This is the first book by Karl Barth that I’ve actually read, so I’m reviewing Dogmatics in Outline avowedly as a novice in Barth’s theological world. This probably comes as good news to many review readers, since most people are in my shoes and haven’t had a chance or a desire to navigate much of Barth’s oceanic work. My review in certain ways then may turn out to be more helpful than a seasoned Barthian, at least in terms of understanding, bewilderment, and delight. I want to hit four points—the book’s density, context, poignancy, and importance.
This short book is deceptively dense. Although Barth rarely employs large, unfamiliar words here (aside from a few Latin phrases peppered throughout), much of his writing is dense and complex, both in reference and syntax. He references, oftentimes implicitly, a whole constellation of theologians, world events, and his own major theological motifs. Examples include: Schleiermacher, National Socialism, the simultaneous divine Yes and No. I found myself having to reread sections to pick up on what he was getting at. Sometimes I felt as if Barth wasn’t looking me in the eyes as he spoke—that he was looking past me and passionately commenting on what he saw, and that I, being unable to turn around and see it, could only grasp at what was there.
This book is also shaped by the pressures and exigencies of its time. Sitz im Leben means “setting in life” and refers to something’s original context. This book requires a basic understanding of its Sitz im Leben, its original context. Barth says as much in the foreword, that “it smacks of a document of our time”. The lectures were given amidst the ruins of the University of Bonn soon after World War 2 and you can almost feel this setting as you read (the first paragraph of the foreword is a short but palpable description). This setting is appropriate—Barth lecturing among the ruins of the past. Barth’s whole theological enterprise was a reaction to, and at times a repudiation of, events surrounding him—the failure of liberal Protestant theology, German idealism, natural theology, the World Wars. John Webster says that Barth’s work was “always occasional and often polemical—directed to particular turns in the life and thinking of the church, concerned with clarifying the gospel now.” So here again there is the possibility of getting lost without a guide—because his “now” is not our now. If you haven’t read anything on Barth, you probably want to before jumping into the deep end. Roger Olson’s chapter on Neo-orthodoxy in The Story of Christian Theology and Hans Küng’s chapter on Barth in Great Christian Thinkers helped me find my bearings. I also plan to read John Webster’s book Barth soon for a more comprehensive overview of this theological titan.
Despite the first two potential hindrances, this is a beautiful and moving book. Barth speaks with passion and poetry and at the same time with disarming familiarity. He alternates between rigorous professor and reassuring grandfather. Some examples:
Once we have realized this—this one God, this subject in His sheer uniqueness and otherness over against all others, different from all the ridiculous deities whom man invents—we can only laugh, and there is a laugh running through the Bible at these figures. (p. 40)
We do not exist in any kind of gloomy uncertainty; we exist through the God who was gracious to us before we existed at all. (p. 71)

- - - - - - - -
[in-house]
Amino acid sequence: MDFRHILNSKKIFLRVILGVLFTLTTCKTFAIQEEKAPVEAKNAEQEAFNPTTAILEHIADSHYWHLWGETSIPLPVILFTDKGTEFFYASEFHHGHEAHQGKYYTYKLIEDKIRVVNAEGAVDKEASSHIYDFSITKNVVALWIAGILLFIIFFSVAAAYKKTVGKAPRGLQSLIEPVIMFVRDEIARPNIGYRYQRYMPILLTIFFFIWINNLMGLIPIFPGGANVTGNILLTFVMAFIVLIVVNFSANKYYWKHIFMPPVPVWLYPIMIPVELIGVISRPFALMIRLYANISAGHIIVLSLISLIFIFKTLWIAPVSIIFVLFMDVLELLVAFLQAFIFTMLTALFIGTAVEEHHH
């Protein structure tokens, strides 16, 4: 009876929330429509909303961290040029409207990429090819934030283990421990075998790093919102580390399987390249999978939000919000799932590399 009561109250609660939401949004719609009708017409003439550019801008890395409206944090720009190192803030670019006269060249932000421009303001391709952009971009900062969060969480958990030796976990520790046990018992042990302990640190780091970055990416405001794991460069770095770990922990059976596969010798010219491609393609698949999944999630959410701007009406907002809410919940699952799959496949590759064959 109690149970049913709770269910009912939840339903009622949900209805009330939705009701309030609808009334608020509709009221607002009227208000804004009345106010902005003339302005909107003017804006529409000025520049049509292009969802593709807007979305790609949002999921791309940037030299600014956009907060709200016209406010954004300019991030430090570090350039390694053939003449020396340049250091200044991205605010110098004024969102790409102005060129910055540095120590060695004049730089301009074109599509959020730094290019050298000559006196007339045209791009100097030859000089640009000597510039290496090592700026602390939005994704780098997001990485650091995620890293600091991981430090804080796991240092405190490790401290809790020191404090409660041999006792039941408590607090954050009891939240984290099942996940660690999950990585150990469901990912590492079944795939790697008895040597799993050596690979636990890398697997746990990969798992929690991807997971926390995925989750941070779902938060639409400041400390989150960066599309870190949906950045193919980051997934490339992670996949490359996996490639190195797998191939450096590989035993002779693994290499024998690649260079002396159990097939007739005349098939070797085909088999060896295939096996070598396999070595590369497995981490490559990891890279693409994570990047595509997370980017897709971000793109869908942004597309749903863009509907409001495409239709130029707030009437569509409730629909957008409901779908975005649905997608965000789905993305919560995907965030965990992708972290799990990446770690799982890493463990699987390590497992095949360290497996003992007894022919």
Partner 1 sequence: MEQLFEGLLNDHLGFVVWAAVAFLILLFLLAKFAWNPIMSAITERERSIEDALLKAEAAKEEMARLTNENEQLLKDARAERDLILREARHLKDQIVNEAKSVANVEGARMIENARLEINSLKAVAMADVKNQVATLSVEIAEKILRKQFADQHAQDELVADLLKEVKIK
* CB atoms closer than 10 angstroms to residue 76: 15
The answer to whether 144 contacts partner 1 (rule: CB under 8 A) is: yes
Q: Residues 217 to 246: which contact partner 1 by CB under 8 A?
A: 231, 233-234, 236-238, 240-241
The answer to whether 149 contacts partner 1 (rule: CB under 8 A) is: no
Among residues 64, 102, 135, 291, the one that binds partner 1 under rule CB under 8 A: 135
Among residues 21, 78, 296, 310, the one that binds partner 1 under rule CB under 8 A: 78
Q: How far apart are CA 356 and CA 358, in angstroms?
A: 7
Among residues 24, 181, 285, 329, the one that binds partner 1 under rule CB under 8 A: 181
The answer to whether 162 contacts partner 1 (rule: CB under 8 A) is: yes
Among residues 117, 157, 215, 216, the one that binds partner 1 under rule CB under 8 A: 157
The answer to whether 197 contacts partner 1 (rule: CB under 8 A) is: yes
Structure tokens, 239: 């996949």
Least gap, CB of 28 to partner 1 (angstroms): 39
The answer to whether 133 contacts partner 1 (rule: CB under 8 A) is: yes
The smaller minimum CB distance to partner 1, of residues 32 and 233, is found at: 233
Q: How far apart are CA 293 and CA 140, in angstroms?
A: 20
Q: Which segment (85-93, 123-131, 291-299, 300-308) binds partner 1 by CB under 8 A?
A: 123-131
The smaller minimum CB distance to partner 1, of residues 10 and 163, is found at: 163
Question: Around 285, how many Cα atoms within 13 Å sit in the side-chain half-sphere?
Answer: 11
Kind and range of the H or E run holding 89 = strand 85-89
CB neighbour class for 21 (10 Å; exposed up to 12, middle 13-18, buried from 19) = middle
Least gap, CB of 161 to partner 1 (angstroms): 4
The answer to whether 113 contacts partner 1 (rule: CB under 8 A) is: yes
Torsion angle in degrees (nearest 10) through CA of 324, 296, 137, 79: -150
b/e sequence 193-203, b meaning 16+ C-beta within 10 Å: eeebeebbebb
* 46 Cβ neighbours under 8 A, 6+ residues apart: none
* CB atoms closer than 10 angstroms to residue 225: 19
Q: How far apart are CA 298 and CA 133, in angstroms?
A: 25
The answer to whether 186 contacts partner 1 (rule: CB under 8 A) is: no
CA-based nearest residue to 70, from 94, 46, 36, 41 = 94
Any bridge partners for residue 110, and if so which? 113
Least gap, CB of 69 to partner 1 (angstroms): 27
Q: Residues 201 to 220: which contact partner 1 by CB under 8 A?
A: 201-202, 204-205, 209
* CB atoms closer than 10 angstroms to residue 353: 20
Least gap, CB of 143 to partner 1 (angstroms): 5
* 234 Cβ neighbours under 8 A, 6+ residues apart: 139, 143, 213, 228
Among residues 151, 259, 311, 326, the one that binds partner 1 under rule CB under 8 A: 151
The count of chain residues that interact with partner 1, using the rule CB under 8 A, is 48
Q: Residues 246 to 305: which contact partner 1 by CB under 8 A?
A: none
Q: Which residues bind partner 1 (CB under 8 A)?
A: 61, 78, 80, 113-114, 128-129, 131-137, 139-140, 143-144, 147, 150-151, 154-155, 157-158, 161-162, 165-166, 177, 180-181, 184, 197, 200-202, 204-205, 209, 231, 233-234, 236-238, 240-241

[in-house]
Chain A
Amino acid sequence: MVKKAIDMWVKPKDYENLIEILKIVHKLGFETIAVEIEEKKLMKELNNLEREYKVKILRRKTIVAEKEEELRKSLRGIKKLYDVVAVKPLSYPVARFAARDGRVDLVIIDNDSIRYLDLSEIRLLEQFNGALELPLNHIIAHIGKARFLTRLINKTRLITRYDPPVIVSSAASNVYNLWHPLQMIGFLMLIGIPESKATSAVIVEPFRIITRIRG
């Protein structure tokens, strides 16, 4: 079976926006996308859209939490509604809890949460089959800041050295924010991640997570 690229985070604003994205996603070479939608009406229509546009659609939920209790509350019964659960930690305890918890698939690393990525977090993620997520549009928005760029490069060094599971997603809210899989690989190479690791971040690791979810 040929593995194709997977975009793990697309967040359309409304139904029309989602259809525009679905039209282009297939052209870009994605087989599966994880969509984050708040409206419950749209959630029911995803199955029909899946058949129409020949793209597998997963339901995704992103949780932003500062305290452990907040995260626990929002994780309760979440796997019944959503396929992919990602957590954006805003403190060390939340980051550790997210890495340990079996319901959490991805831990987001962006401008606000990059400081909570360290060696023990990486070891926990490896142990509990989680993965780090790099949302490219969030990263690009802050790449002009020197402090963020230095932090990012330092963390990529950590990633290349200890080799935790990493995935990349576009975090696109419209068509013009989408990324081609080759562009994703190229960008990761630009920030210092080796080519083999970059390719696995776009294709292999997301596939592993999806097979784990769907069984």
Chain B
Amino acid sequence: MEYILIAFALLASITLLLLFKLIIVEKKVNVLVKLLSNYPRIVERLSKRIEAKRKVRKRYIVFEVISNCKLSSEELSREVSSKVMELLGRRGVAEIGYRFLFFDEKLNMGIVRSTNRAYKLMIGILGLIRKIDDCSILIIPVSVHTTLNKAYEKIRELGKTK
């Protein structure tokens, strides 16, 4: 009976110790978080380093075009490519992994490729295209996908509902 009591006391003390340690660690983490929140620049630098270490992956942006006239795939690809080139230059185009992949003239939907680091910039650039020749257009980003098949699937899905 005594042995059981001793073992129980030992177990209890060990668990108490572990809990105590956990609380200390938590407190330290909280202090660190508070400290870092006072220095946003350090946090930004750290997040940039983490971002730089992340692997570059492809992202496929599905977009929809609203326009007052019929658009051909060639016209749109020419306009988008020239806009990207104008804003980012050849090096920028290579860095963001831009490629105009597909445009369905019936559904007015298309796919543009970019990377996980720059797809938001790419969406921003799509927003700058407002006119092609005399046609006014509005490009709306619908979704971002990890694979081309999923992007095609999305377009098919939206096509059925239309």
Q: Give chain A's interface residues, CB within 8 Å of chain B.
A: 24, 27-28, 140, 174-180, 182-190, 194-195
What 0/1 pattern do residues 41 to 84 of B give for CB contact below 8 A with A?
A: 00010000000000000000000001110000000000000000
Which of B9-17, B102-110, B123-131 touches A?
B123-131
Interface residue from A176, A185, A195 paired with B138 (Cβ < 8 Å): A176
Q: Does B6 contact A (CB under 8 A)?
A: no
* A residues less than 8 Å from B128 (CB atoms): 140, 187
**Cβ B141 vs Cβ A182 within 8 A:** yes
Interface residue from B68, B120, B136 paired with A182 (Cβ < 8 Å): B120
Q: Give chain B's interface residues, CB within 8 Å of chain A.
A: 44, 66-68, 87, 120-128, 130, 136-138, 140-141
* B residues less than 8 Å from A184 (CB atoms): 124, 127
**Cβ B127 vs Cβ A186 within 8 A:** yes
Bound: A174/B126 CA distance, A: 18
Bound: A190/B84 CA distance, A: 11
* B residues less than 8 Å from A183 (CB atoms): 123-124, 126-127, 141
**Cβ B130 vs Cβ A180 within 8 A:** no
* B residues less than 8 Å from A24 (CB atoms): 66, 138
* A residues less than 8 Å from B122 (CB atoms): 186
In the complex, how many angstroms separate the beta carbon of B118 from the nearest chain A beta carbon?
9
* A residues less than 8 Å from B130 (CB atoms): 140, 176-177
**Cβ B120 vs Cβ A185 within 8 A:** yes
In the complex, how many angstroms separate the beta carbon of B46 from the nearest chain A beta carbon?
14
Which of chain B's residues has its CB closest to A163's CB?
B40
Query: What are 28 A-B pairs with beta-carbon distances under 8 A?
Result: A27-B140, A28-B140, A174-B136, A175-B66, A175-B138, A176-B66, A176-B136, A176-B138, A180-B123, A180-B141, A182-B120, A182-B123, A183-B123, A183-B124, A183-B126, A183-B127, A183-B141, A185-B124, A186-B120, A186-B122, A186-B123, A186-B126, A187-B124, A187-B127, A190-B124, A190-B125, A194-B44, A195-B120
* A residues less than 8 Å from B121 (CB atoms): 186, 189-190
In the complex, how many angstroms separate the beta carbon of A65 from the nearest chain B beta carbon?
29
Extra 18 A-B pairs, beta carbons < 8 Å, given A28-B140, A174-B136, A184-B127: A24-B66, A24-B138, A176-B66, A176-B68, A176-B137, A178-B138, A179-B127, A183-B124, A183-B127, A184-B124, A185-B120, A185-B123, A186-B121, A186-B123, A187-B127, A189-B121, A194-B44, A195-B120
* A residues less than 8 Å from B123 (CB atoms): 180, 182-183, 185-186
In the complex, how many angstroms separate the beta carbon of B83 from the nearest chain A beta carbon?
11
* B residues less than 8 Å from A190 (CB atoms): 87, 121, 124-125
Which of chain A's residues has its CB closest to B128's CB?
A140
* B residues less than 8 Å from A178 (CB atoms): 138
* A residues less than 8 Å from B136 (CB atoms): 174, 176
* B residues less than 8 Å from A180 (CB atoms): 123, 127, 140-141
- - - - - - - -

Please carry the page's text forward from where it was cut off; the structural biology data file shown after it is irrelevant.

God has come into our life in its utter unloveliness and frightfulness. (p. 109)
We must not sit among non-Christians like melancholy owls, but in a certainty about our goal, which surpasses all other certainty. (p. 132)
The Church is not a snail that carries its little house on its back and is so well off in it, that only now and then it sticks out its feelers, and then thinks that the ‘claim of publicity’ has been satisfied. The Church lives by its commission as herald. (p. 147)
Certainly these quotes aren’t the substance of the book, but reading these may give you a sense of what kind of feeling permeates the whole.
The last point I want to bring up about this book is its importance to anyone wanting to get some firsthand exposure to Barth. Many people have said that Barth was the greatest theologian of the 20th century, so it seems smart to me to at least get acquainted with him. However, most of his works are too long, too abstract, or too specific to get a handle on. Dogmatics in Outline comes as a welcomed change. It’s a loose commentary on the Apostles’ Creed which actually functions as a springboard into his larger body of work.
On the one hand, Barth warns against substituting Dogmatics in Outline for the massive thirteen volumes of Church Dogmatics:
Everything in this Outline is treated very concisely. Many important problems of dogmatics are mentioned only briefly or not at all. Therefore, reading this book cannot take the place of studying the Dogmatik. At best it can inspire and initiate that study.
And yet on the other hand he realizes the entrance it provides into his other works:
When I finally yielded to the pressure put upon me by the representatives of the Verlag Zollikon, I did so thinking that what I had produced might in this looser form serve to explain things which I had elsewhere expressed more strictly and compactly but, for that very reason perhaps, less noticeably and less accessibly for all.
It’s interesting to note that these two comments on his work, although appearing only two pages apart in the book, were actually given by Barth twelve years apart. The first one I quoted (which appears first in the book) is from March 1959. The second one I quoted is from February 1947, only half a year after the lectures were given. Take that how you will. Maybe Barth changed his mind. Still, I’m glad this remains an option today.
Below I’ve included links to two other great reviews of Dogmatics in Outline.